In the past few weeks, leisure travelers have been making the headlines. Since non-essential traveling is not recommended although not prohibited, many employers find themselves struggling with concerns about their employees traveling abroad. The question remains all the more relevant with spring break and the end of the reference year for taking annual leave are coming up and some employees could choose to leave Canada.
Here we provide some answers to your most frequently asked questions on the rights and obligations of employers regarding employees who choose to travel outside of Canada for personal and non-work-related reasons.
Restrictions on traveling outside of Canada. As the public authorities have not issued formal rules, the employer’s managerial rights do not extend to restricting the rights of an employee to travel for leisure outside of Canada.
Mandatory quarantine and its application. The Government of Canada has imposed a mandatory quarantine (isolation) of fourteen (14) days to all travelers coming back to Canada from abroad. The employer is not obligated in any way to pay the employee unable to work due to quarantine. The employee may use accrued vacation time, time in his paid leave bank or take a leave without pay in order to compensate this absence. The Government of Canada has also specified that employees who must isolate themselves due to leisure travel abroad are not eligible to government income support benefits.
Disclosure of leisure travels. The employer may ask that an employee disclose his intent to travel outside Canada in order to plan and manage its operations. The time of leave is extended due to the isolation period and this personal activity may have consequences on the effective return to work of the employee, the employer is therefore justified in requesting to be informed.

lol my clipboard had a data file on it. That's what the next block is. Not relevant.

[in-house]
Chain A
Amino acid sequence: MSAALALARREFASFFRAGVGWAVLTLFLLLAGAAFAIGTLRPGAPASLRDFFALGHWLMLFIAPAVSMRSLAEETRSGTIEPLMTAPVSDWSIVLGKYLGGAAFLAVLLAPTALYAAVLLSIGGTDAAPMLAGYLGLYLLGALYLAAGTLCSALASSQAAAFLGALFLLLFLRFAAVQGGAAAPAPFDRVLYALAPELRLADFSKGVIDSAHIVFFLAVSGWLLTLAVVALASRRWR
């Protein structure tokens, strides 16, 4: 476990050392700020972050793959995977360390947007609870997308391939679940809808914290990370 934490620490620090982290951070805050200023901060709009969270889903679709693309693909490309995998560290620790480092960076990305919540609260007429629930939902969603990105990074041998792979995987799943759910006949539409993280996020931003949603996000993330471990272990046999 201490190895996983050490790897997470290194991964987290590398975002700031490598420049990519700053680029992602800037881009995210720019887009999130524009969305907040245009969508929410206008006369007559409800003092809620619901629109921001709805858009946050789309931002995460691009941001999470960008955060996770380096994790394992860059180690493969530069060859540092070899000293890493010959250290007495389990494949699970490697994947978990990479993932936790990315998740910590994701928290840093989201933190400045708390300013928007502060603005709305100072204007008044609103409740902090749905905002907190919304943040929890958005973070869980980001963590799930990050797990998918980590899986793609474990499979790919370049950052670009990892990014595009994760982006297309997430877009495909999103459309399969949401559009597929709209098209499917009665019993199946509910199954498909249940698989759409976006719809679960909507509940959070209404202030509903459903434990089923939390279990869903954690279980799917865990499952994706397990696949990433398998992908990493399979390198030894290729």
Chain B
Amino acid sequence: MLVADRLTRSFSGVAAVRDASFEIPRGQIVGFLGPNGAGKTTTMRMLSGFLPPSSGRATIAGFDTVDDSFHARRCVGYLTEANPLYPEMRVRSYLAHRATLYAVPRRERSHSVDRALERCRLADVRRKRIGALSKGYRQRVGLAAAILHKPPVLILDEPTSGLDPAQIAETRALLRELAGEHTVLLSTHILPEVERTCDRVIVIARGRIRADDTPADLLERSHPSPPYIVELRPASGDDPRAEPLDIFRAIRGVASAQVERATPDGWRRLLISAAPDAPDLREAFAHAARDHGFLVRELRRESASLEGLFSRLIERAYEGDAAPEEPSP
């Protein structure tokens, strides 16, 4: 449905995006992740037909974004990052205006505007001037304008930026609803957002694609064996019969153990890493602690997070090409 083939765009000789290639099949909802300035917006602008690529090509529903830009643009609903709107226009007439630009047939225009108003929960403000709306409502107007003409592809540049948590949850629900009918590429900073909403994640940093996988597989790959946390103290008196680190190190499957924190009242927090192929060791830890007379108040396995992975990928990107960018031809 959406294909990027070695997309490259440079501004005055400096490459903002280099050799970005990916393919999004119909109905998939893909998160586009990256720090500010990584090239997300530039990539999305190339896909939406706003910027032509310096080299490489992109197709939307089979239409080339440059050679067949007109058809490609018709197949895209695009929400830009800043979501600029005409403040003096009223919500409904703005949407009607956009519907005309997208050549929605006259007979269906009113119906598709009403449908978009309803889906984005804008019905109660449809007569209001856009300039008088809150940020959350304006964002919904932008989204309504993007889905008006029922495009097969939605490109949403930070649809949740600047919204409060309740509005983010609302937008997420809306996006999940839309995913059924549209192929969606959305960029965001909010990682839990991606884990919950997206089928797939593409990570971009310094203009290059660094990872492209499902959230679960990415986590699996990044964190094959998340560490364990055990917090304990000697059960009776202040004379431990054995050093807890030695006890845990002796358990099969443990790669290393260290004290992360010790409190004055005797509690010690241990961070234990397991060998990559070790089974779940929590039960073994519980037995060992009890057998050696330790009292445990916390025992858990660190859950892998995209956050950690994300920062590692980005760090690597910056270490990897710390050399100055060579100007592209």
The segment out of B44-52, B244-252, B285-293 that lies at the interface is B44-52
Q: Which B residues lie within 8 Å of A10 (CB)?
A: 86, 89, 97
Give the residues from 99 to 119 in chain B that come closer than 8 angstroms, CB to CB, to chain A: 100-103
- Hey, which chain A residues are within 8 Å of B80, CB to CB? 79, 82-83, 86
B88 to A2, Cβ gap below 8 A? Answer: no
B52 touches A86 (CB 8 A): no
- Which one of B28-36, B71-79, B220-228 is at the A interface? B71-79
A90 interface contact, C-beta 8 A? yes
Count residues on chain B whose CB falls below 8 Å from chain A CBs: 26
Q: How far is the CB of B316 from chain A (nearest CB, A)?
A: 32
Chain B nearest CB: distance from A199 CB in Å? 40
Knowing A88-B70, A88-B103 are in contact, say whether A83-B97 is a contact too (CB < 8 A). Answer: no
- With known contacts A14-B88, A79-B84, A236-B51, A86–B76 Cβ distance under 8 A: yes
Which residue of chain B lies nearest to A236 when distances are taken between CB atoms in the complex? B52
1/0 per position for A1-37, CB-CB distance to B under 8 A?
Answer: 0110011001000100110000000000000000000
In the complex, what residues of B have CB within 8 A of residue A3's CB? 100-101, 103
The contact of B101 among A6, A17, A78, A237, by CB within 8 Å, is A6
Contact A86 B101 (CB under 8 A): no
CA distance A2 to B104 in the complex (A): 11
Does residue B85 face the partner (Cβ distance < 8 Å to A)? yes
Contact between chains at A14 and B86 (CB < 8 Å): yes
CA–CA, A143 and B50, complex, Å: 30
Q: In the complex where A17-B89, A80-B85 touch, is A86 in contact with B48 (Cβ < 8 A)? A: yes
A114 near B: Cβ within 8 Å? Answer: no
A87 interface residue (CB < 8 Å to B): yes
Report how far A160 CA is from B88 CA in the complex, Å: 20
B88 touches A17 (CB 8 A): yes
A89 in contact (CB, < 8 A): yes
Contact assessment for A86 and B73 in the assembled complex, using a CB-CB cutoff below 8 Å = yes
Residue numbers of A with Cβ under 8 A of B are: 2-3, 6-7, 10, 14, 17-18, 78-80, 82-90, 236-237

Negative test results for COVID-19. An employer can request from an employee returning from a trip abroad to provide a negative test result for COVID-19 or any other medical evidence in order to return to the workplace even after the quarantine period. It is the employer’s responsibility to protect other employees from the risks that may arise from the presence of an employee with symptoms.
This is not a legal opinion. For any assistance regarding the current situation, we invite you to communicate with one of our professionals from our labor and employment law team. For more information on our team or on the professionals available to assist you in your region, you can contact Mr Normand Drolet, lawyer (418-522-4580 firstname.lastname@example.org).
Cain Lamarre is one of the largest labor and employment law firms in Quebec, both for the number and importance of the mandates given and for the number of professionals working specifically in this area of expertise.